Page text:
Pyromania is a psychiatric disorder characterized by the impulse to start fires. Pyromaniacs are distinct from arsonists who start fires for revenge or personal gain or because of psychosis. Pyromaniacs are driven to start fires because doing so gives them a feeling of euphoria and release. In addition to deliberately starting fires, pyromaniacs sometimes develop an obsession with fire trucks, fire stations, or fire fighters.
Pyromania is a relatively rare condition, affecting under one percent of the population. Ninety percent of people diagnosed with pyromania are male. The condition is even rarer in children and adolescents than it is in adults.
While a 1979 study conducted by the United States Law Enforcement Assistance Administration (LEAA) found that 14 percent of arson cases were due to pyromania or other mental illness, pyromania is found to be responsible in a very small percentage of arson cases in which a child or adolescent is the suspect. However, children can develop pyromania as young as age three. For a child to be diagnosed as a pyromaniac, he or she must have a history of deliberately setting fires, and it must be shown that the fire-setting behavior cannot be attributed to revenge attempts, financial motives, brain damage, or other psychological disorders such as anti-social personality disorder. It must be shown that the child has an attraction to fire and experiences feelings of satisfaction or relief after setting a fire.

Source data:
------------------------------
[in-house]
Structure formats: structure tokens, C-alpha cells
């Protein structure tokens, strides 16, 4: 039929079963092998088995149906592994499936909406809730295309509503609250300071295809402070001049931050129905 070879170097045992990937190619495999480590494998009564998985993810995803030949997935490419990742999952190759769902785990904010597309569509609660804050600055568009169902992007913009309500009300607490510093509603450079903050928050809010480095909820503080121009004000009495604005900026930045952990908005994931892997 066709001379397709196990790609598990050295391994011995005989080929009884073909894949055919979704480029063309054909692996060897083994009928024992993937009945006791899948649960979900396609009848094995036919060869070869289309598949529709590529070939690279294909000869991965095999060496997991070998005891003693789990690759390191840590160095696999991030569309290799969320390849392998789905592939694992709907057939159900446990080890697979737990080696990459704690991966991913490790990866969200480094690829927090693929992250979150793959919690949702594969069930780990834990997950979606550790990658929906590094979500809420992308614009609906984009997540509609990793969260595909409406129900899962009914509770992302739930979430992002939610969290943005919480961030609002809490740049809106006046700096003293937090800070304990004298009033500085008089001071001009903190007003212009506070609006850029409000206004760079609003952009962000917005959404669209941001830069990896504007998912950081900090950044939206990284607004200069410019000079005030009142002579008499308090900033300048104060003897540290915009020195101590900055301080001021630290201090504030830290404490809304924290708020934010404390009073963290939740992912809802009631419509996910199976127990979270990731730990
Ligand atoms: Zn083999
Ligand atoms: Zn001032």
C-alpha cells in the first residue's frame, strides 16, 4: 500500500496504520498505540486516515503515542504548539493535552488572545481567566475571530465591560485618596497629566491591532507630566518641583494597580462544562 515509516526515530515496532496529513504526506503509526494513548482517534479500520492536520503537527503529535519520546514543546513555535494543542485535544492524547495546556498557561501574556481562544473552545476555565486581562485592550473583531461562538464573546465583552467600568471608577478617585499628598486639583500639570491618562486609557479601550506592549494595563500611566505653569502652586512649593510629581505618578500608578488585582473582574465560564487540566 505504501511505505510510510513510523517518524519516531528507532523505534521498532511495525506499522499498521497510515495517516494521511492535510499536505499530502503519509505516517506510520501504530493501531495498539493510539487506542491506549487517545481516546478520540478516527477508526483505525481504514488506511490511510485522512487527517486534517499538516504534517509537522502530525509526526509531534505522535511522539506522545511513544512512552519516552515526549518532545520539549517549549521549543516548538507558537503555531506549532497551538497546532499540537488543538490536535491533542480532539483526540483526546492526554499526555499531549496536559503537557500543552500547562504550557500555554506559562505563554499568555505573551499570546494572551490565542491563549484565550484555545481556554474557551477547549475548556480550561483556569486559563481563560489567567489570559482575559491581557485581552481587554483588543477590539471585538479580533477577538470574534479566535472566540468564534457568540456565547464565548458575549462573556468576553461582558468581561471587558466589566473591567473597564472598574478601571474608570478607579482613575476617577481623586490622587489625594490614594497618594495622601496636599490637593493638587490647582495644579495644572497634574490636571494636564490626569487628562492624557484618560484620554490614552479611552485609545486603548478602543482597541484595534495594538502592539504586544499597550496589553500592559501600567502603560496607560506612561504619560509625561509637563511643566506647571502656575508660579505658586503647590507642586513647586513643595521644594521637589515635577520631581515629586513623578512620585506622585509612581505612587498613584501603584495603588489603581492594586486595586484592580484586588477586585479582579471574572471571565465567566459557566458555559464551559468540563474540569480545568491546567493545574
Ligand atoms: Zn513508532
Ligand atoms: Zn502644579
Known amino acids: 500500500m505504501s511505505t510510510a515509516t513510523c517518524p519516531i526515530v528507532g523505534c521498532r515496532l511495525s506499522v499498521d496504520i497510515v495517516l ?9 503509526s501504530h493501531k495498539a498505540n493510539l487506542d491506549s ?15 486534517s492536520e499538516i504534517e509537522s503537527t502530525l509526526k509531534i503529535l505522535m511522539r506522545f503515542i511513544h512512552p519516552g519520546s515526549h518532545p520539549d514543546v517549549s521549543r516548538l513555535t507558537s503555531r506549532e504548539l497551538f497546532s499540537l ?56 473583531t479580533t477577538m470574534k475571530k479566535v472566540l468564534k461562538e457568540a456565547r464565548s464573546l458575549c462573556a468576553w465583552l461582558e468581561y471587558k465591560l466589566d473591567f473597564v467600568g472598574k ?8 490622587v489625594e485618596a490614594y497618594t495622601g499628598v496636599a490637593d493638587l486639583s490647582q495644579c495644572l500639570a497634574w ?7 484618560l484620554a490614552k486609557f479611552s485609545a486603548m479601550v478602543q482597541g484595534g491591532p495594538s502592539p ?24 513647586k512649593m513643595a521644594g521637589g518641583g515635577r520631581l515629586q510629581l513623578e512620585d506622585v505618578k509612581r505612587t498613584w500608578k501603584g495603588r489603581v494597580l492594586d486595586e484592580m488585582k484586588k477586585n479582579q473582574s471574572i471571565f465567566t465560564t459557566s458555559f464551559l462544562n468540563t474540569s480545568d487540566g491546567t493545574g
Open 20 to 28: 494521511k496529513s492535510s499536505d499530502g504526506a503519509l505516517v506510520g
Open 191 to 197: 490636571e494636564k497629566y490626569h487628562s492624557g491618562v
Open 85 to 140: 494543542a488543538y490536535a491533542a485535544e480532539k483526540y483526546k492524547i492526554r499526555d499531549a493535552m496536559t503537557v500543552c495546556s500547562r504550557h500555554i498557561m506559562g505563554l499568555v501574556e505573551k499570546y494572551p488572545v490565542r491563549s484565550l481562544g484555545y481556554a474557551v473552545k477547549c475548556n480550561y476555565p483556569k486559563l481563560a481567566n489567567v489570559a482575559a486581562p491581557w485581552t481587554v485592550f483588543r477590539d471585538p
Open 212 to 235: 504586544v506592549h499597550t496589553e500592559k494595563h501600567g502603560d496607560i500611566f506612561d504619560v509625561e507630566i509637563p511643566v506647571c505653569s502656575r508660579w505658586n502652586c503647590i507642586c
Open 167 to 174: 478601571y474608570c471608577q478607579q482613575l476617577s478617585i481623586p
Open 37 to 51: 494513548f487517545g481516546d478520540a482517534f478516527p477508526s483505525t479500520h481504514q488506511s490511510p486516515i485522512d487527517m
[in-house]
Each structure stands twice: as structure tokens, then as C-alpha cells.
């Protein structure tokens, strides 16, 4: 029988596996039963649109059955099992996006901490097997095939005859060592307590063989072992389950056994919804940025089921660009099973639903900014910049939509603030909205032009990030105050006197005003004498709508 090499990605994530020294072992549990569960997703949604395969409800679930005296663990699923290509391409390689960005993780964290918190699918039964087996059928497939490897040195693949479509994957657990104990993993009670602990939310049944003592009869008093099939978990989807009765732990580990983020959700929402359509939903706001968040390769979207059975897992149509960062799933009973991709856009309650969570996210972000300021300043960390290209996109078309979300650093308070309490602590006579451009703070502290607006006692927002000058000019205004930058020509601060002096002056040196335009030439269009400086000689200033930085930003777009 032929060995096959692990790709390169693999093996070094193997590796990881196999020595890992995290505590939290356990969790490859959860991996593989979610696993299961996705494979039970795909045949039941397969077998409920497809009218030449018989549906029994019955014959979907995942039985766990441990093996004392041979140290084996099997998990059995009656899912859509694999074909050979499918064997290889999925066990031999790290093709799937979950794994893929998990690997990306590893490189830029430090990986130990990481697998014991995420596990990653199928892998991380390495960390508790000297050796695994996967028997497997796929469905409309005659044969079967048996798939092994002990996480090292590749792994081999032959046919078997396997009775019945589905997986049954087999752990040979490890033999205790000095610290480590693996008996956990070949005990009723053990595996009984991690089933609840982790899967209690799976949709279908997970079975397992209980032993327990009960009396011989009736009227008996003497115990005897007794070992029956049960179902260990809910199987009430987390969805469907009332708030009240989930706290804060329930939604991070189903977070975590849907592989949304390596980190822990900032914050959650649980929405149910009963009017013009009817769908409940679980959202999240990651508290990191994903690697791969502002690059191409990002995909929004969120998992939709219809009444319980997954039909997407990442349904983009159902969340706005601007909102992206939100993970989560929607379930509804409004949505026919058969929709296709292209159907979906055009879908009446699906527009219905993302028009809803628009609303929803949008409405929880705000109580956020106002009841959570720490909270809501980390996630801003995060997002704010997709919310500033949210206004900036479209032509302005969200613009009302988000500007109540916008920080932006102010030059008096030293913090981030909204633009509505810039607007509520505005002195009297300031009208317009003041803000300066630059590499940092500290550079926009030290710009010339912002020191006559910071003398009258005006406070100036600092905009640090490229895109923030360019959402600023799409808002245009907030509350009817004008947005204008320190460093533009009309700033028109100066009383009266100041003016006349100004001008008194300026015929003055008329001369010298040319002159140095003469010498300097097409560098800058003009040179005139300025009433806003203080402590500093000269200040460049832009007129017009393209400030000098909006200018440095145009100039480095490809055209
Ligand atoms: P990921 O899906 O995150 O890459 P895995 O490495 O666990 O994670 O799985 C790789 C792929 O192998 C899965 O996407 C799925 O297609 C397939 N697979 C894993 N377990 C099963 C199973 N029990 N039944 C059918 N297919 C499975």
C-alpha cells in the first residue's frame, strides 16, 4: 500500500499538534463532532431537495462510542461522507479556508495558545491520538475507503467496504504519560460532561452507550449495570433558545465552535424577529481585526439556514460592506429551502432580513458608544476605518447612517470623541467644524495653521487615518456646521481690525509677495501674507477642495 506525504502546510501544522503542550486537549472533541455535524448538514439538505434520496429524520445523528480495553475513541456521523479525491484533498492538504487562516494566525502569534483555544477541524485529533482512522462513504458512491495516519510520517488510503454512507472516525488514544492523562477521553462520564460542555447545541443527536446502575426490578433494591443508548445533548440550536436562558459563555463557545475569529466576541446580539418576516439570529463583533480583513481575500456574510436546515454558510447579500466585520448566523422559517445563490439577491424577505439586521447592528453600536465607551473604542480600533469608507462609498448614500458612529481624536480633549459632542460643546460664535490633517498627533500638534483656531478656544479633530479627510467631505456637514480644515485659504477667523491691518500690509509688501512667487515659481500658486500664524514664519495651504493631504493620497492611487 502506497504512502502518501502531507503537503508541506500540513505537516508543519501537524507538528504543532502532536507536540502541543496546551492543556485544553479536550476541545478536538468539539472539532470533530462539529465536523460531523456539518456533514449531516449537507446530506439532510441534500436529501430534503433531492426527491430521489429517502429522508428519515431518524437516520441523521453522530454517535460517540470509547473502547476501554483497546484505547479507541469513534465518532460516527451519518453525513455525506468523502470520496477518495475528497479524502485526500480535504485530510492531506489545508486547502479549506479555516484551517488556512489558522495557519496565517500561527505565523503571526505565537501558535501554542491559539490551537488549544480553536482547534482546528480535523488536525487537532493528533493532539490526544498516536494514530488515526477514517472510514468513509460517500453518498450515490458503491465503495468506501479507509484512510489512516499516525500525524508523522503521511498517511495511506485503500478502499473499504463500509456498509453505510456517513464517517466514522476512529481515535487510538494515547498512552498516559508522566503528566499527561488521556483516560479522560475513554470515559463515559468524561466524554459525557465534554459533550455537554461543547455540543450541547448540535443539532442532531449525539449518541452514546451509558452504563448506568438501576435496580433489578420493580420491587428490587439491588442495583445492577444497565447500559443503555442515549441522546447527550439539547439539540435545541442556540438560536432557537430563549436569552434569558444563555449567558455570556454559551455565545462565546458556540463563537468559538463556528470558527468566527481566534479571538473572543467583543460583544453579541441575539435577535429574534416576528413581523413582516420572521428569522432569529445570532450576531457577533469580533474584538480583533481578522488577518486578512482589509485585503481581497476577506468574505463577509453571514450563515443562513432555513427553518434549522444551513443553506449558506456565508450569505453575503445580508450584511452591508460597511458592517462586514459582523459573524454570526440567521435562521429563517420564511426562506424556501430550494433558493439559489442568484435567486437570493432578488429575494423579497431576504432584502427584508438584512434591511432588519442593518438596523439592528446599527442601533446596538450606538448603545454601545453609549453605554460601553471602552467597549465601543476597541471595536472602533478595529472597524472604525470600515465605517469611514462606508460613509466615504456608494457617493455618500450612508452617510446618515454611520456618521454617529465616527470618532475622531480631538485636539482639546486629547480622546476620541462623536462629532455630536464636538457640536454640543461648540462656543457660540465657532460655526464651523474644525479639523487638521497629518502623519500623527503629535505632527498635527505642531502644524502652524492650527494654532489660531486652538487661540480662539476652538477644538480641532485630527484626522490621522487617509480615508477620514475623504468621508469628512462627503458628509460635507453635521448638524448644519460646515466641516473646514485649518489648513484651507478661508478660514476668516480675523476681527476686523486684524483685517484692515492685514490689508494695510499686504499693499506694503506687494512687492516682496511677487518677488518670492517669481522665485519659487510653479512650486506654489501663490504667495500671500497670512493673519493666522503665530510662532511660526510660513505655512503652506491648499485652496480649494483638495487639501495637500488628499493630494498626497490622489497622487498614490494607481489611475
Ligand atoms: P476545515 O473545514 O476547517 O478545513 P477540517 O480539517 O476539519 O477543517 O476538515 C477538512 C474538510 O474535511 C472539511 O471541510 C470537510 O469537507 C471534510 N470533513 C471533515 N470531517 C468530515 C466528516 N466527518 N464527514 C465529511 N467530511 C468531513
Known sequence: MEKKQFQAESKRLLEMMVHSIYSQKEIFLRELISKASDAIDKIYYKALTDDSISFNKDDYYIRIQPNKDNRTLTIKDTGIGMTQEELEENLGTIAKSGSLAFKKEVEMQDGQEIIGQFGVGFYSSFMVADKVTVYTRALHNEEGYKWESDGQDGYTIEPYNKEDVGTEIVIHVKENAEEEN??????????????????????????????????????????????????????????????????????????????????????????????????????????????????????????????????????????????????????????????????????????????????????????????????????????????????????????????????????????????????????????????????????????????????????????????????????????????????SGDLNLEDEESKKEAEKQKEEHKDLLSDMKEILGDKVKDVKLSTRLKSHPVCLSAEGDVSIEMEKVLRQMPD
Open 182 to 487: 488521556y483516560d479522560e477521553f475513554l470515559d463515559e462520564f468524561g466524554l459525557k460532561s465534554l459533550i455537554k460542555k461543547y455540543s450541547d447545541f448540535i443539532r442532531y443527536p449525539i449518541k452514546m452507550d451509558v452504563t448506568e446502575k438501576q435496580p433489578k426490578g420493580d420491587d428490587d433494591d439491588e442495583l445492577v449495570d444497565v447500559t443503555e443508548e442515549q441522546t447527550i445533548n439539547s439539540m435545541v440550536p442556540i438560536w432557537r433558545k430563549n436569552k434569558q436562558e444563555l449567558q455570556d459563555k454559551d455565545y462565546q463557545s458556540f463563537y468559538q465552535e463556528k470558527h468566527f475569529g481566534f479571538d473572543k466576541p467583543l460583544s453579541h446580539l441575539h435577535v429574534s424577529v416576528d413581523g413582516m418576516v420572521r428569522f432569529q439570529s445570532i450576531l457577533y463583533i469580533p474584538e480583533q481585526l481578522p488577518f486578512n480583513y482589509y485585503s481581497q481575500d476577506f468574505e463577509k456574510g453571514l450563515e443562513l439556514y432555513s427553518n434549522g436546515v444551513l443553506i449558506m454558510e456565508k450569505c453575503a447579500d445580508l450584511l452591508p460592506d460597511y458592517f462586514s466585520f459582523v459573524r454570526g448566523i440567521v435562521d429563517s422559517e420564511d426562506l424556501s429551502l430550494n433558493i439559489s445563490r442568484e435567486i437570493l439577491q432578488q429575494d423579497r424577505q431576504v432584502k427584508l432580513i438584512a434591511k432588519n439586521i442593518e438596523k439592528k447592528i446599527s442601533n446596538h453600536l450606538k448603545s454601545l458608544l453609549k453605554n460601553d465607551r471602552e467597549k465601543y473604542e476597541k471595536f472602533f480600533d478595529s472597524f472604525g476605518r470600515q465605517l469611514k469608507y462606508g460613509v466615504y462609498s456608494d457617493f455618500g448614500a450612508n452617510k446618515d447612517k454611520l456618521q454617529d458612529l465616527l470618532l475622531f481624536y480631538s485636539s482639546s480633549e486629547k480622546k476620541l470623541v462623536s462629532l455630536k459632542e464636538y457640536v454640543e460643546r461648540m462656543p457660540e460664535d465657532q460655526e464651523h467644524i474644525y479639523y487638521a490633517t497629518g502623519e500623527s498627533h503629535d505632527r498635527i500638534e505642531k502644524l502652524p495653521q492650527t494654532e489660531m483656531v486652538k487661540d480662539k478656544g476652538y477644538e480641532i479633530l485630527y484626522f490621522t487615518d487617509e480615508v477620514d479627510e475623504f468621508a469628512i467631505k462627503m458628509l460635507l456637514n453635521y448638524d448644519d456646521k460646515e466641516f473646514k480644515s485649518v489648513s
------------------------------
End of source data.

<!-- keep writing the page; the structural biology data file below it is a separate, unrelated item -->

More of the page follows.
Pyromania is typically treated with behavioral modification therapy in both children and adults. Behavioral modification seeks to condition behavior based on a system of reward and punishment. Desired behaviors are reinforced through positive responses. Treatment sometimes includes allowing the patient to play out his or her fantasies of setting fires in a controlled setting.
A pyromaniac may alternatively be treated through talk therapy. The therapist will work with the patient to analyze the fire-setting behavior so that it is no longer an unconscious impulse. In addition, the therapist will address any possible underlying problems and emotions that the patient may try to deal with by setting fires. Family therapy and community intervention are other therapeutic options.
Psychological treatment for pyromania does not typically have a good prognosis. While it does make a difference in 95% of cases, the mania usually persists to a significant degree. In some cases, a serotonin reuptake inhibitor (SRI), often used as an antidepressant, is prescribed to pyromaniacs to help manage their impulses.